Foreclosure are DownIRVINE, Calif. – July 13, 2018 – ATTOM Data Solutions' Midyear 2018 U.S. Foreclosure Market Report found a total of 362,275 U.S. properties with foreclosure filings – default notices, scheduled auctions or bank repossessions – in the first six months of 2018.

That number is down 15 percent year-to-year and down 78 percent from its recession-era foreclosure peak in the first six months of 2010.

Unlike earlier years, Florida is barely mentioned in ATTOM's latest report. While its foreclosure rate remains No. 4 nationwide (0.37 percent), the top three states are now South Carolina (0.39 percent), Ohio (0.37 percent) and Nevada (0.37 percent).

In a look at metro areas, Miami is mentioned only because its foreclosure activity has dropped 55 percent below pre-recession averages – but 55 percent of the metro areas studied have also seen their foreclosure activity drop to a level below the "normal" level they had before the recession.

Florida does, however, continue to rank high for the number of days it takes for a home to go through the foreclosure process, ranking second nationwide. States with the longest average foreclosure timelines for foreclosures completed in the second quarter were Hawaii (1,553 days), Florida (1,166 days), New Jersey (1,161 days), Utah (1,108 days) and Indiana (1,054 days).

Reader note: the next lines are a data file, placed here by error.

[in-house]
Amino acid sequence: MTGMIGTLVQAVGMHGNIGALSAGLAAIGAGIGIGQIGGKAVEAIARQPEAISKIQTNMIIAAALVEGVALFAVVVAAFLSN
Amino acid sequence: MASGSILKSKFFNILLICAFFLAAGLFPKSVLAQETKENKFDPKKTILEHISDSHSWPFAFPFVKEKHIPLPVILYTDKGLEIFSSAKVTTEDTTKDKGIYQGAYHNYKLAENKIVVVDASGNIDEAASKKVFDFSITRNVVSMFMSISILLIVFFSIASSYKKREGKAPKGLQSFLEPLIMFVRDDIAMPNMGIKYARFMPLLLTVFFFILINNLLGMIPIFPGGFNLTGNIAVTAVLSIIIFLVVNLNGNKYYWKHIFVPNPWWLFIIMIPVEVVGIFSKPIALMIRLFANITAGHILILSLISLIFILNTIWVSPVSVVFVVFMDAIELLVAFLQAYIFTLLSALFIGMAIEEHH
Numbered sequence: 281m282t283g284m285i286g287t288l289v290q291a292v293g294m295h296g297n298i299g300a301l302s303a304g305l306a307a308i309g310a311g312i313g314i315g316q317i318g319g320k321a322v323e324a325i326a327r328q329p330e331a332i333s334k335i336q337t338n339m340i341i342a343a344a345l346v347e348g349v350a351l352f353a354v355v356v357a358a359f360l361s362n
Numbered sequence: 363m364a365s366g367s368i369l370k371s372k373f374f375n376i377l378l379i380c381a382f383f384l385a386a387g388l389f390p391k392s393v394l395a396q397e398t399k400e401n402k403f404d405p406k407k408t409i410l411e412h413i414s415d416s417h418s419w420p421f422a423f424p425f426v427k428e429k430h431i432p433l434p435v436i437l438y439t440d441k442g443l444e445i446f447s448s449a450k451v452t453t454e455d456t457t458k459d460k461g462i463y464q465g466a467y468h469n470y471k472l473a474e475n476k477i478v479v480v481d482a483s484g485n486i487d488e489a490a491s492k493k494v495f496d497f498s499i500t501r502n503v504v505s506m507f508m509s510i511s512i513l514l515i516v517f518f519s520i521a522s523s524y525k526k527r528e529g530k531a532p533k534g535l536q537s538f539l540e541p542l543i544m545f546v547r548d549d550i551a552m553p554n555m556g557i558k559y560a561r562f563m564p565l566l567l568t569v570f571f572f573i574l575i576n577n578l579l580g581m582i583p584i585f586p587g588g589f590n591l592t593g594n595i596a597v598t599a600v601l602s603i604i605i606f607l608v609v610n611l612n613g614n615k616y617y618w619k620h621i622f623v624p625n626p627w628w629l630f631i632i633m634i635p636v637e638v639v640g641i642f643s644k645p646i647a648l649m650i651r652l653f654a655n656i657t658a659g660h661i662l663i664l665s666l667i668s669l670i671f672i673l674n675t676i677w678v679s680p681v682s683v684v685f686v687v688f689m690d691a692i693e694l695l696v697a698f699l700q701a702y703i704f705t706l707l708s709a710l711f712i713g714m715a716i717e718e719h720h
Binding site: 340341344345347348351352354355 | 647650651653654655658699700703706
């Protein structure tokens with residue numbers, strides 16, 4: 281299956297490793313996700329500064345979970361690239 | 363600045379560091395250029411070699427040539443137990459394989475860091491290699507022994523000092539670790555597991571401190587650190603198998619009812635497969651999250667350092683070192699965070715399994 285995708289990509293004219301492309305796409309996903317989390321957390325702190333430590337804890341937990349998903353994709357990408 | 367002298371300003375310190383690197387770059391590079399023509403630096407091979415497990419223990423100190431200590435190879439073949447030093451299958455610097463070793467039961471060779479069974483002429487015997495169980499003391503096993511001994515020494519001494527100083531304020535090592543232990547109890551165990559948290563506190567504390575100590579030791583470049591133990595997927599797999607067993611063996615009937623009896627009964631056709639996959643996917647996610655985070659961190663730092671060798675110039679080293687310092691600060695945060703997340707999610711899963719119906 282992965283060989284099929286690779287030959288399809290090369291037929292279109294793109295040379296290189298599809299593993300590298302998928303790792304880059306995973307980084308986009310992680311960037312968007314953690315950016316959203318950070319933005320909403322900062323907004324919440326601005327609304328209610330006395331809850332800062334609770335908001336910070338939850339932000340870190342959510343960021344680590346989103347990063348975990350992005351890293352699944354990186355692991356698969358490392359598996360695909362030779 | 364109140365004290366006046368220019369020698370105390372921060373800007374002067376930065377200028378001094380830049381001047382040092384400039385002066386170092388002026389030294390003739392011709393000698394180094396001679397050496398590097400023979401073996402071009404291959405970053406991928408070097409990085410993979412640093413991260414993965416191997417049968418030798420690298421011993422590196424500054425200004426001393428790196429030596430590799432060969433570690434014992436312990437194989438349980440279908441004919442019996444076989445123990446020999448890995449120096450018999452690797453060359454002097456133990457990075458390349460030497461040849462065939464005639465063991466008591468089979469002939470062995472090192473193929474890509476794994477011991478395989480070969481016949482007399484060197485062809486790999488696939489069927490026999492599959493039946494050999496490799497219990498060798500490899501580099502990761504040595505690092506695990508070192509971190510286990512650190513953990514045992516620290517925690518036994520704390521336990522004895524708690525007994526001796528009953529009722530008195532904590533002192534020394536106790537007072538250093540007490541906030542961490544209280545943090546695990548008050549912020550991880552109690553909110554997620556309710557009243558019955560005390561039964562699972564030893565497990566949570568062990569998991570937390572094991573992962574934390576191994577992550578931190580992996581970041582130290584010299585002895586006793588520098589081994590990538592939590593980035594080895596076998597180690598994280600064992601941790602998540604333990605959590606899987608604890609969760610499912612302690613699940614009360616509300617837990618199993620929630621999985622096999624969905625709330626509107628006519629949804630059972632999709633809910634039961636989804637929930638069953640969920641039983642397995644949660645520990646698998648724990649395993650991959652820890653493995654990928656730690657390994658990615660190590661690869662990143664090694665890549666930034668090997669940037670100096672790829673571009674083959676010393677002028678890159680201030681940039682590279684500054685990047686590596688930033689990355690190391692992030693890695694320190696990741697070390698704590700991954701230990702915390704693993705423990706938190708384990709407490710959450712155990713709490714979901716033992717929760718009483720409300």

A handful of U.S. metro areas (12 percent) saw an increase in foreclosure activity rather than a decrease, however – but none of note in Florida. They include Houston (up 10 percent), Dallas-Fort Worth (up 11 percent), Cleveland (up 4 percent), Phoenix (up 5 percent) and Indianapolis (up 2 percent).

"Localized foreclosure flare-ups in the first half of 2018 can no longer be blamed on legacy distress left over from the last housing bubble, given that nearly half of all active foreclosures are now tied to loans originated in 2009 or later, and given that the average time to foreclose plummeted in the first two quarters of the year," says Daren Blomquist, senior vice president with ATTOM Data Solutions.

Blomquist says the local foreclosure increases "are typically the result of more recent distress triggers" in those specific markets.

"We're also seeing (some of the results) of gradually loosening lending standards starting in 2014, specifically for FHA-backed loans," Blomquist added. "The foreclosure rate on FHA loans originated in 2014 and 2015 has now jumped above the average FHA foreclosure rate for all loan vintages – the only two post-recession vintages with foreclosure rates above that overall average."

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